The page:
Natural Hormones

by Christiane Northrup, M.D.

Reviewed May 2015

Today’s topic is natural hormones versus synthetics. Now, this is an area of tremendous confusion, not only for the average person, but also for a lot of health care practitioners. People just don’t know the difference between a natural hormone and something that is not natural to the female human body. I’m going to give you the most common examples. Premarin is a natural hormone for a horse. It is the most common form of hormone replacement, and it is made from the urine of pregnant horses. So it’s a natural hormone, if your native food is hay.

Now, progesterone is found in the human female ovary. It’s also made by the brain. It’s even made by some nerve cells. Unfortunately, in most hormone replacement, the molecule that’s used is not natural bioidentical progesterone, but instead something known as medroxyprogesterone acetate, MPA.

This is what was used in the huge Women’s Health Initiative study that used a combination of Premarin and Provera, that’s medroxyprogesterone acetate, in the form of Prempro. Prempro is then the urine of pregnant horses combined with a synthetic progesterone known as MPA. And unfortunately, the way nature designed the female body, and the male body for that matter, is that the hormones need to match exactly what Mother Nature created over millennia.

The way a hormone works is it sits on a receptor site in your cells, and it begins a cascade of protein synthesis starting with the cell membrane, where the hormone sits on the cell membrane. If it doesn’t match the three-dimensional structure of a native hormone, the effects will be different than what nature intended. And this is one of the reasons why the Women’s Health Initiative study showed that hormones were dangerous. They are dangerous, if you’re not using the same hormones that your body would ordinarily make. I want to share with you some of the latest research on natural progesterone.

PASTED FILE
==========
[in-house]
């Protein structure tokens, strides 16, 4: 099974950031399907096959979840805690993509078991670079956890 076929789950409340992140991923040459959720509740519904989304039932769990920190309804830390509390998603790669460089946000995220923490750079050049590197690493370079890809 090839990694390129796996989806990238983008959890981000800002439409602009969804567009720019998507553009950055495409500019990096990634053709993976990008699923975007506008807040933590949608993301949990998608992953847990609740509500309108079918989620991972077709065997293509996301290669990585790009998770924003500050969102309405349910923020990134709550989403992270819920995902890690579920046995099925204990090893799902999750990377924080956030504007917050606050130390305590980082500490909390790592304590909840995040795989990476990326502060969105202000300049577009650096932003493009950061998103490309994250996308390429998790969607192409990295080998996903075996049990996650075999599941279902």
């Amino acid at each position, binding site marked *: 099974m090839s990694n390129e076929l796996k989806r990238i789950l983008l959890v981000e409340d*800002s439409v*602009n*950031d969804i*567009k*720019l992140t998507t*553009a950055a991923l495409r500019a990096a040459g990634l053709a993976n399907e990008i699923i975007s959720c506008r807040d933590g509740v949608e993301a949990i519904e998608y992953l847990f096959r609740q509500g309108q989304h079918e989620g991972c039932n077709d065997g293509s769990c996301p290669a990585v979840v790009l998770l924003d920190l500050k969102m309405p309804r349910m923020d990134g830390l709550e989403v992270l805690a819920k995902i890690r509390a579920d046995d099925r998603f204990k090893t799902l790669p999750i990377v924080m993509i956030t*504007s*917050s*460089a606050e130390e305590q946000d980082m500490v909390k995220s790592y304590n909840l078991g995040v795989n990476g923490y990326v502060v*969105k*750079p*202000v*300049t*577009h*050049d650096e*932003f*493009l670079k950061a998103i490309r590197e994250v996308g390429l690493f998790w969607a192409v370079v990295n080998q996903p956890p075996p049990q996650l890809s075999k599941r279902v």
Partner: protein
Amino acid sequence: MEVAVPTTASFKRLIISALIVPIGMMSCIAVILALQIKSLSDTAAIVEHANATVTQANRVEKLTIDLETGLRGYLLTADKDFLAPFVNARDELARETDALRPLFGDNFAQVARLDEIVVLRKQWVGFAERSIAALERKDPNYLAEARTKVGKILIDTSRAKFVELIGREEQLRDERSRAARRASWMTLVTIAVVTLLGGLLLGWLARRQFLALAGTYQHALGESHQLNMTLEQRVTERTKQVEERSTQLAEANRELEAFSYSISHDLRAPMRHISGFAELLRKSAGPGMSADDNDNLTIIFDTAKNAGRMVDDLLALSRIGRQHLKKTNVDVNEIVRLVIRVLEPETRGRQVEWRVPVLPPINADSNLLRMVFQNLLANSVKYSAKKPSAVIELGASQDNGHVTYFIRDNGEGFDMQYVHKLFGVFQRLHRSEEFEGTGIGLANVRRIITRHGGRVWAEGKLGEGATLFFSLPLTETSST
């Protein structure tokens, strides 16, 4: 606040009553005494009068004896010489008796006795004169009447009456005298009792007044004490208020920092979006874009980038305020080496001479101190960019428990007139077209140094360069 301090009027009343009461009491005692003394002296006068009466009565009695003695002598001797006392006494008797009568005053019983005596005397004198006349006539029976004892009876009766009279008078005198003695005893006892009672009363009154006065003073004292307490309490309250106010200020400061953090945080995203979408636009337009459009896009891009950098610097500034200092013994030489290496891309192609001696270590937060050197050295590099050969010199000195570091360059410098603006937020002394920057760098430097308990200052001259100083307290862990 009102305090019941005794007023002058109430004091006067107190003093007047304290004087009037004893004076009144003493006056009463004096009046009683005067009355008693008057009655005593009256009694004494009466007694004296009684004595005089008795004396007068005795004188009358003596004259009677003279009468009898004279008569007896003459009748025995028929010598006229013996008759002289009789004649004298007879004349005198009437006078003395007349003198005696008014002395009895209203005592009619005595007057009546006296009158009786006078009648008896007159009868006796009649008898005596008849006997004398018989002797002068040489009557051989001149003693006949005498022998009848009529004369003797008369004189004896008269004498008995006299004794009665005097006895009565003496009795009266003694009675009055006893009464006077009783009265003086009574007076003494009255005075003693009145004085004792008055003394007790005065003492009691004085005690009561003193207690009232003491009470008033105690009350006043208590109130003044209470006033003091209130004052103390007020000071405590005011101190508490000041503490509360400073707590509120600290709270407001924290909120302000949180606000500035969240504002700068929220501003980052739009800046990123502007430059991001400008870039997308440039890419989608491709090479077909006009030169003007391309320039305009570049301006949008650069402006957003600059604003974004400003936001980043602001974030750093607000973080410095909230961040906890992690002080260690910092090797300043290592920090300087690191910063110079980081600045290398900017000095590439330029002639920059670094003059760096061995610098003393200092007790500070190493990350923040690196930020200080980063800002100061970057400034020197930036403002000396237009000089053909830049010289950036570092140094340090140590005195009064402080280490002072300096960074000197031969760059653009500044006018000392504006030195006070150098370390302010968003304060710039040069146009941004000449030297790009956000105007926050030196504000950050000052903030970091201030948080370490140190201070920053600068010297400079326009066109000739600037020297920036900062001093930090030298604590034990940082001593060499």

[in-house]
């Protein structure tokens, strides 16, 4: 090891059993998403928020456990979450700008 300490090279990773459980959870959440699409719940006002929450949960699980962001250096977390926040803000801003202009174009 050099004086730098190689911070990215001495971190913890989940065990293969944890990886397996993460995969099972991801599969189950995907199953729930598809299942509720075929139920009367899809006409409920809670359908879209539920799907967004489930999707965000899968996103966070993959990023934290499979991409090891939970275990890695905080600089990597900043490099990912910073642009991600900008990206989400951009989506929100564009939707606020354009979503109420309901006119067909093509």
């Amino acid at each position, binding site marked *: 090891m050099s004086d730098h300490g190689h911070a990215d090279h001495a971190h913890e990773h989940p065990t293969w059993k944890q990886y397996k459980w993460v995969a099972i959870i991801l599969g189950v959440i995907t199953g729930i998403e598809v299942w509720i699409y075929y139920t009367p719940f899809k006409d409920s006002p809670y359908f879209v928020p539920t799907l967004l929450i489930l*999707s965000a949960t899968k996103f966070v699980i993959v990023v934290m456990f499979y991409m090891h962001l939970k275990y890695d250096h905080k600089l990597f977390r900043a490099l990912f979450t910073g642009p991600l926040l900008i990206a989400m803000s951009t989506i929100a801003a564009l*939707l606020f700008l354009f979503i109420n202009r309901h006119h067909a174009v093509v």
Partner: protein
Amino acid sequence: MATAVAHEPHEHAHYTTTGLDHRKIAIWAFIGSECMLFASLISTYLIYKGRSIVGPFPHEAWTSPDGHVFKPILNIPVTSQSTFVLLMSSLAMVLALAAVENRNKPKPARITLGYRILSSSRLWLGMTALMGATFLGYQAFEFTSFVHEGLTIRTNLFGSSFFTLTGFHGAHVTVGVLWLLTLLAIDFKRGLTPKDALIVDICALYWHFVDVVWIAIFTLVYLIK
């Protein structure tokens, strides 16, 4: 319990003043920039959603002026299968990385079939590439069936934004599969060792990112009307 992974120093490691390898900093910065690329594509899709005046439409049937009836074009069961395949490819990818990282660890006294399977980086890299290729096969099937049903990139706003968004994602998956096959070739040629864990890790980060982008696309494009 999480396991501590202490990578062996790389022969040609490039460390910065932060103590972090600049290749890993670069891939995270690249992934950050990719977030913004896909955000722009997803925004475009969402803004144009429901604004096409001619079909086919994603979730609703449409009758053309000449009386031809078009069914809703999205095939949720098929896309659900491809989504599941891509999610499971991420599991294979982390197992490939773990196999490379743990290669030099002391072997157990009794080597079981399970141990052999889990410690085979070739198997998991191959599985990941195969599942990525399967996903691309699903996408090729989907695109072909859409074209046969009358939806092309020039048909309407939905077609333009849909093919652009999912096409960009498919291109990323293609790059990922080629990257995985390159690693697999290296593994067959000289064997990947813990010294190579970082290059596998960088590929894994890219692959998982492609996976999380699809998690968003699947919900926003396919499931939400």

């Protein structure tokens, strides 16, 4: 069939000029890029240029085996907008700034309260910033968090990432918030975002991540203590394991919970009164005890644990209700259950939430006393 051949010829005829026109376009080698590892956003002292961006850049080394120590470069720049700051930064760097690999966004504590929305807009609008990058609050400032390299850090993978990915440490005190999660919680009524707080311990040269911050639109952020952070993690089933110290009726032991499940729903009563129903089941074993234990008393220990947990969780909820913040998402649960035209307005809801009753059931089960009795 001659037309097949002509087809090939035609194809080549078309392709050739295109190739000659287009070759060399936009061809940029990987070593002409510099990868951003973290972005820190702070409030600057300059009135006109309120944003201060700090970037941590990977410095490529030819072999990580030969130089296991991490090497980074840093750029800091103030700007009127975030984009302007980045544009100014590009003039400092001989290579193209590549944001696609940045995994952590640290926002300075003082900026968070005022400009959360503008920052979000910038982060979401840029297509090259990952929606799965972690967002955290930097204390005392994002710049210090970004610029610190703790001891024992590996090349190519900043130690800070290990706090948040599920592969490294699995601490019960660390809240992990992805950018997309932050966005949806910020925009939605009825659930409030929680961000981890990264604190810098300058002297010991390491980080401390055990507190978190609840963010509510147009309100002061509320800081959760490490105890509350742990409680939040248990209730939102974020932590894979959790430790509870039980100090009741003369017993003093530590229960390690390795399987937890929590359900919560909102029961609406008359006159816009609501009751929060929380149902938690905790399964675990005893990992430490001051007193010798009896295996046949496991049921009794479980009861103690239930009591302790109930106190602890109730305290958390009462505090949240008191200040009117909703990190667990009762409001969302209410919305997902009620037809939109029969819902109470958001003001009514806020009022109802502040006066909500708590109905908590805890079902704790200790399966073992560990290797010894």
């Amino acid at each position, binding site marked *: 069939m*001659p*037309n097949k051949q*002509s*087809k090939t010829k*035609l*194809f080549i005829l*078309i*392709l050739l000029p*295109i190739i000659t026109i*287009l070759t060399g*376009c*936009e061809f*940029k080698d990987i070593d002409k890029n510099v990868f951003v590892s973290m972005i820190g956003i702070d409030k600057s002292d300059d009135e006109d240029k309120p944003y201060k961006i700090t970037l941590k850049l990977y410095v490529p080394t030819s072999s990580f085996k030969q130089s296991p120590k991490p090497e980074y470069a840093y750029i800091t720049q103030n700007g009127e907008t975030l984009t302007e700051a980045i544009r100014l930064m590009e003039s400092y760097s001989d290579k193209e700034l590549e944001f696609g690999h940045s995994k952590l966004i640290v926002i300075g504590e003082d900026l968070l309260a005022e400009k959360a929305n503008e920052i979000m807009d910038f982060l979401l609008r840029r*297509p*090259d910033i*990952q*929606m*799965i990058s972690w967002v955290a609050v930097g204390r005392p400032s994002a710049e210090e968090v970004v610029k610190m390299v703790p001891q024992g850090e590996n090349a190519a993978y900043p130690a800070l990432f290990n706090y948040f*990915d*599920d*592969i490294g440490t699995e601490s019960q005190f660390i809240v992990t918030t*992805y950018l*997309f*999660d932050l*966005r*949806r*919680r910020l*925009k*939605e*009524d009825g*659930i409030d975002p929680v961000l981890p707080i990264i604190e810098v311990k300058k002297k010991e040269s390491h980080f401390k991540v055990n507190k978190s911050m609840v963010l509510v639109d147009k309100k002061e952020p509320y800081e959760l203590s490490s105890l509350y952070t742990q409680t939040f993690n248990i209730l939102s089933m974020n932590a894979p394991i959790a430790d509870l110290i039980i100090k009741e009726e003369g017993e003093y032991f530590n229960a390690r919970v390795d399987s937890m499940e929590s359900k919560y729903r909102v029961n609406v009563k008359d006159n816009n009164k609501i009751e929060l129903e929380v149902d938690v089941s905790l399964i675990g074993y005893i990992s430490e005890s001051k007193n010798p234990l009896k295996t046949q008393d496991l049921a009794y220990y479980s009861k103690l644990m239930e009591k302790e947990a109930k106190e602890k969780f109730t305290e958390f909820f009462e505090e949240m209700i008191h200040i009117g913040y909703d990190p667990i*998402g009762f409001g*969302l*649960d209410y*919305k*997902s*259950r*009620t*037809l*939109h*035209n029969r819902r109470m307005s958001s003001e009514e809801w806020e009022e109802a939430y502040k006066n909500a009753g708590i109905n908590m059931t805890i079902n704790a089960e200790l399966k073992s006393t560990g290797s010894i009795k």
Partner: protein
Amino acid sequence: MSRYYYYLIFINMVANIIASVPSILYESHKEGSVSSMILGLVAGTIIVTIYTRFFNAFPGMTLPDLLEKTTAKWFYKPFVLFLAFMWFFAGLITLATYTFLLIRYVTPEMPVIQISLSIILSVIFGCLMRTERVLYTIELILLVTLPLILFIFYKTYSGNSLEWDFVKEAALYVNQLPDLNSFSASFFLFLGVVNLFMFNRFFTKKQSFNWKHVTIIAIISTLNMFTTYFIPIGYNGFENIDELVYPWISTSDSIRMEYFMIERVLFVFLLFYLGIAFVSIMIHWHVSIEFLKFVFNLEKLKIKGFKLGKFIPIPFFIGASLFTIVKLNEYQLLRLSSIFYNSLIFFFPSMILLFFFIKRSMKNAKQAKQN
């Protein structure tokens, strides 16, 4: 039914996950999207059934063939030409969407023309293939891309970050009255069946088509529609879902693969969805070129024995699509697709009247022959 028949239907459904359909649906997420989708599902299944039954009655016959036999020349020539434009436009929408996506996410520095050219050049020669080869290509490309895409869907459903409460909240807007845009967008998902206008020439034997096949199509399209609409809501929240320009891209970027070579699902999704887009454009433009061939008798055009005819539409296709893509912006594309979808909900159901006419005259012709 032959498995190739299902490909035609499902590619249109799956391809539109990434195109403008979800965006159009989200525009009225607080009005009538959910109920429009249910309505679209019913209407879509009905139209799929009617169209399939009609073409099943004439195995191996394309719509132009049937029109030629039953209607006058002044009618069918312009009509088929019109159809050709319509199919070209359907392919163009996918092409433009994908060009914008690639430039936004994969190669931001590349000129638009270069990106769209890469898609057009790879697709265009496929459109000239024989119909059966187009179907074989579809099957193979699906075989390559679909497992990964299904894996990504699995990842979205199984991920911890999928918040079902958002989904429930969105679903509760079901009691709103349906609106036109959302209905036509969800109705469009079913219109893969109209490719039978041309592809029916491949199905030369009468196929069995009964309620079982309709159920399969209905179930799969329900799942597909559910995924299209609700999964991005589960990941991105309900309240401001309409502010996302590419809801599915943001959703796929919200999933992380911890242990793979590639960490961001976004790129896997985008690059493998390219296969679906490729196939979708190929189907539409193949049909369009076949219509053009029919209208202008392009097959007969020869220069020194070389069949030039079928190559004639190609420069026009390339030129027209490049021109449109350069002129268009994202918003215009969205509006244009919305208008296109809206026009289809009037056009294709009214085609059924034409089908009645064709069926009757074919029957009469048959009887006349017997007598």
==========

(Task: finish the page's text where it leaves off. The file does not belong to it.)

It’s just been found that natural progesterone works by relaxing the smooth muscles in the arteries of the body, particularly those in the coronary arteries, and can actually be used to relieve chest pain. Now that is a pretty exciting thing to know. So natural progesterone, very small doses, 20 milligrams, which comes in a transdermal cream, can actually be used to reduce angina, or chest pain in women, and this is a very common symptom in perimenopausal women. I had it myself.

Researchers pause at that when the body’s production of natural progesterone falls below a certain level, women who are under stress will actually require some progesterone to keep the coronary arteries working smoothly, and to keep them from going into spasm, because that’s what causes the chest pain. And this is a setup for heart disease, the number one killer of women. The Women’s Health Initiative, using Prempro, the synthetic stuff, showed that this hormone combination actually increased the risk of heart attack and stroke.

I don’t believe we’d find the same thing, if we were really using natural hormones. These are widely available by prescription, and there’s all different kinds of them. The patches are almost all natural estrogen. You can get progesterone as a vaginal cream, as a capsule, and it’s also available as a skin cream.

Watch for more and more research on this exciting area, and please, when you get your prescriptions filled, or if you’re thinking about using hormones, make sure you’re using those hormones that are exactly like the ones your own body would produce.

Christiane Northrup, M.D.

Christiane Northrup, M.D.

Christiane Northrup, M.D., is a visionary pioneer and a leading authority in the field of women’s health and wellness. Recognizing the unity of body, mind, and spirit, she empowers women to trust their inner wisdom, their connection with Source, and their ability to truly flourish.


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